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Former world number five Stephen Lee has been banned from snooker for 12 years after being found guilty of seven charges of match fixing.
Following a lengthy investigation, Lee was found guilty of match fixing by an independent tribunal last week and today learnt his fate.
The match-fixing charges relate to seven matches in 2008 and 2009 when Lee was said to be in a ‘financially perilous state’ and was also described as ‘a weak man in a vulnerable position who succumbed to temptation’.
Even so the World Professional Billards and Snooker Association (WPBSA) have come down hard the player.
WPBSA had been pushing for a lifetime ban but 12 years is effectively the same thing, according to the organisation’s head of disciplinary Nigel Mawer.
“We did say we were seeking a life ban because it was seven matches that had been fixed including during the world championships,” Mawer revealed.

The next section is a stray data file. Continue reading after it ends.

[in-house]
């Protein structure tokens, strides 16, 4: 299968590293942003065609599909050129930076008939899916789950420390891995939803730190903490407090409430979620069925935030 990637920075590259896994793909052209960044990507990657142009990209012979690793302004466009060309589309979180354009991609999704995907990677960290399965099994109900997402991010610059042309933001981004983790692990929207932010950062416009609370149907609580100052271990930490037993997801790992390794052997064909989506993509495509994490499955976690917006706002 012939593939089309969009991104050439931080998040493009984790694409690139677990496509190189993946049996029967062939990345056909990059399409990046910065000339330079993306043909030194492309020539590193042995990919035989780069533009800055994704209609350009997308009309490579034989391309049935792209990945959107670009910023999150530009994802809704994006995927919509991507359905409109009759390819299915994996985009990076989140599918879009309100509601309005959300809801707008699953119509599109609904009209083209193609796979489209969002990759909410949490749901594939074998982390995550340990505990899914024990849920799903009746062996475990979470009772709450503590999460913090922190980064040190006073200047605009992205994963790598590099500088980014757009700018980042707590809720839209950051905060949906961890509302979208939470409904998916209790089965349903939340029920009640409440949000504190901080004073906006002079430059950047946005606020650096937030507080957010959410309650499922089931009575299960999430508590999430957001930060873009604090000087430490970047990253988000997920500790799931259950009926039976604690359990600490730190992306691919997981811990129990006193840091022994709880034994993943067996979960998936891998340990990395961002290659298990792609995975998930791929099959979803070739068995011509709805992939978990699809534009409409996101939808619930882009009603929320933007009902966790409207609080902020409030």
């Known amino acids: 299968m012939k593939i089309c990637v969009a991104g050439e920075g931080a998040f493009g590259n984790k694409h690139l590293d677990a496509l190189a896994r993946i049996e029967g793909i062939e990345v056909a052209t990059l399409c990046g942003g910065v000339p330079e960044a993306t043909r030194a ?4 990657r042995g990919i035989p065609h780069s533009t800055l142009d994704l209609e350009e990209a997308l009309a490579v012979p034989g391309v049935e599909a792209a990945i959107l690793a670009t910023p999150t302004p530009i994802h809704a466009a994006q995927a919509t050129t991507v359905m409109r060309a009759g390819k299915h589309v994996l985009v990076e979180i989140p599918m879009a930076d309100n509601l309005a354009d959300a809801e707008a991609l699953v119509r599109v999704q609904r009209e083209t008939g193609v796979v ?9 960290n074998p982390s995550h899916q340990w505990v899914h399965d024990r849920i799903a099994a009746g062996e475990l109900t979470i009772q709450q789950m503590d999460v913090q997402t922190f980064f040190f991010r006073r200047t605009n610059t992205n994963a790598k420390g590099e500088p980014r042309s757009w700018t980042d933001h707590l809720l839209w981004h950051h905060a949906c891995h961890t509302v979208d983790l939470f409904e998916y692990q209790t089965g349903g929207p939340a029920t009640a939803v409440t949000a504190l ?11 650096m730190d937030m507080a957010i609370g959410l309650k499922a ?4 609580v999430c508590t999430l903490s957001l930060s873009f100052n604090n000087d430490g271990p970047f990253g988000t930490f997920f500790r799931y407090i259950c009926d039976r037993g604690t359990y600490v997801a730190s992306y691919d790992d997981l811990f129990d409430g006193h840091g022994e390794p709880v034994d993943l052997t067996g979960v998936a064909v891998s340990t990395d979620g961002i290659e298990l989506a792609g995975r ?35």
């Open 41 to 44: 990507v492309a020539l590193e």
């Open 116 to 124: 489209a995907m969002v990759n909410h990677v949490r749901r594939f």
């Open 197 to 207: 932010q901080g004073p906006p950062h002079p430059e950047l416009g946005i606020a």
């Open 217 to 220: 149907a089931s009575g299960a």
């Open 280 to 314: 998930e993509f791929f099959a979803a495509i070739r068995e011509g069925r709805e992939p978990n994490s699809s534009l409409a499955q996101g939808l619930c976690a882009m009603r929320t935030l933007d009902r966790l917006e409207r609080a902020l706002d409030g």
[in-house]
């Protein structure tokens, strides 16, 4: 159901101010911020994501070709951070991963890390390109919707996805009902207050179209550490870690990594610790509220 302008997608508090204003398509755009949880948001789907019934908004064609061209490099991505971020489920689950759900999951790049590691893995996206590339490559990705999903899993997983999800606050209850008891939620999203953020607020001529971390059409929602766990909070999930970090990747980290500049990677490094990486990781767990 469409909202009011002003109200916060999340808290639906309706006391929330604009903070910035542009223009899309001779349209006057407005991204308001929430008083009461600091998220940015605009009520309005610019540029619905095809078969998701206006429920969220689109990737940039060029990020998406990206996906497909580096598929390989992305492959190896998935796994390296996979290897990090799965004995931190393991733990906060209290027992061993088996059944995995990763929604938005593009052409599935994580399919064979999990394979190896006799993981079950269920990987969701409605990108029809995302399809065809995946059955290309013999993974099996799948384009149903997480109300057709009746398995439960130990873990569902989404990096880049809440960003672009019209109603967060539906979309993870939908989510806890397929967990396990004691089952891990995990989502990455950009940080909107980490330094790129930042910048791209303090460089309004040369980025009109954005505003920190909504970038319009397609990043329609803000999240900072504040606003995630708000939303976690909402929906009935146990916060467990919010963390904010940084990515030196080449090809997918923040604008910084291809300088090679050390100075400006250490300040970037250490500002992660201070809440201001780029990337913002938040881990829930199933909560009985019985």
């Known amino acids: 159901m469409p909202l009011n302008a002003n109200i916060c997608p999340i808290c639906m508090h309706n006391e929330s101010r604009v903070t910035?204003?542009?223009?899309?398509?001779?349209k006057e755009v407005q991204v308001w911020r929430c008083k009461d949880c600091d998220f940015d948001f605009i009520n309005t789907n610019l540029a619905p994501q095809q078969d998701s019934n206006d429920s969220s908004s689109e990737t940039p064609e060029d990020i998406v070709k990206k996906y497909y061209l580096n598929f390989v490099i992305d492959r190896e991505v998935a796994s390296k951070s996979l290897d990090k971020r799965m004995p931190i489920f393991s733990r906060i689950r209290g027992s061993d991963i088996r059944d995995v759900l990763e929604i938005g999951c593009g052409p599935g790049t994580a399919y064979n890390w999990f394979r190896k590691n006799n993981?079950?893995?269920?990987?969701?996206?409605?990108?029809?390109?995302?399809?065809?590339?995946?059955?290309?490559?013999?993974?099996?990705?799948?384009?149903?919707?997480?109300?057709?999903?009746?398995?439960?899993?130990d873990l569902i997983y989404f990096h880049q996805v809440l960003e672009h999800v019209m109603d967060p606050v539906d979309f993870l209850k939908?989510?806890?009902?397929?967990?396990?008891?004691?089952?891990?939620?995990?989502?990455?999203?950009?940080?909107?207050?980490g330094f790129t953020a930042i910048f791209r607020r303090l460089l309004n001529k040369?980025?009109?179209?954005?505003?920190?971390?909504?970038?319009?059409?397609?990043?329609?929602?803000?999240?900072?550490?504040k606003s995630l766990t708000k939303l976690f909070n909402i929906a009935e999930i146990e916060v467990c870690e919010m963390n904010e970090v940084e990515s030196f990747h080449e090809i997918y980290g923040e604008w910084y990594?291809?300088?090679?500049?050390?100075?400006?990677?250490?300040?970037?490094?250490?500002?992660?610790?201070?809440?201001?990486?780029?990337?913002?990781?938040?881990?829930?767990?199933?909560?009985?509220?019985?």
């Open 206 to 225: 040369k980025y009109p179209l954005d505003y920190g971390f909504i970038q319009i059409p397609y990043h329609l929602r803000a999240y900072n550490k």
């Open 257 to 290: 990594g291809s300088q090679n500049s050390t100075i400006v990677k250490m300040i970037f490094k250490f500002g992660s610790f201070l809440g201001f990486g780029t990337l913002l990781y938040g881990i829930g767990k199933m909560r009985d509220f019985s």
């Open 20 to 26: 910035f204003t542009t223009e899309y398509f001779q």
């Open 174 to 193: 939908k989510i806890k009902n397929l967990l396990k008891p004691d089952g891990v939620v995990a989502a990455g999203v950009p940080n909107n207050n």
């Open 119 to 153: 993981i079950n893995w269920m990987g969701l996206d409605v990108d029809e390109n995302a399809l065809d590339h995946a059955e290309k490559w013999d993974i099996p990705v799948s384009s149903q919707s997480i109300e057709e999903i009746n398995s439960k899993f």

“But in effect it is a life ban because I think it is highly unlikely that Stephen Lee will be able to come back to the sport at this level.
“We don’t take great pleasure out of that – this is a case of a fantastic snooker player who has thrown it all away through making the wrong decisions.
“It is only human to have a degree of sympathy for him and it is going to be very difficult for him but we have to send a very strong message that match-fixing is not going to be tolerated.”
The suspension is to be calculated from 12 October 2012, when the interim suspension was imposed, so Lee, who has also been ordered to pay £40,000 costs, will not be able to participate in snooker before 12 October 2024.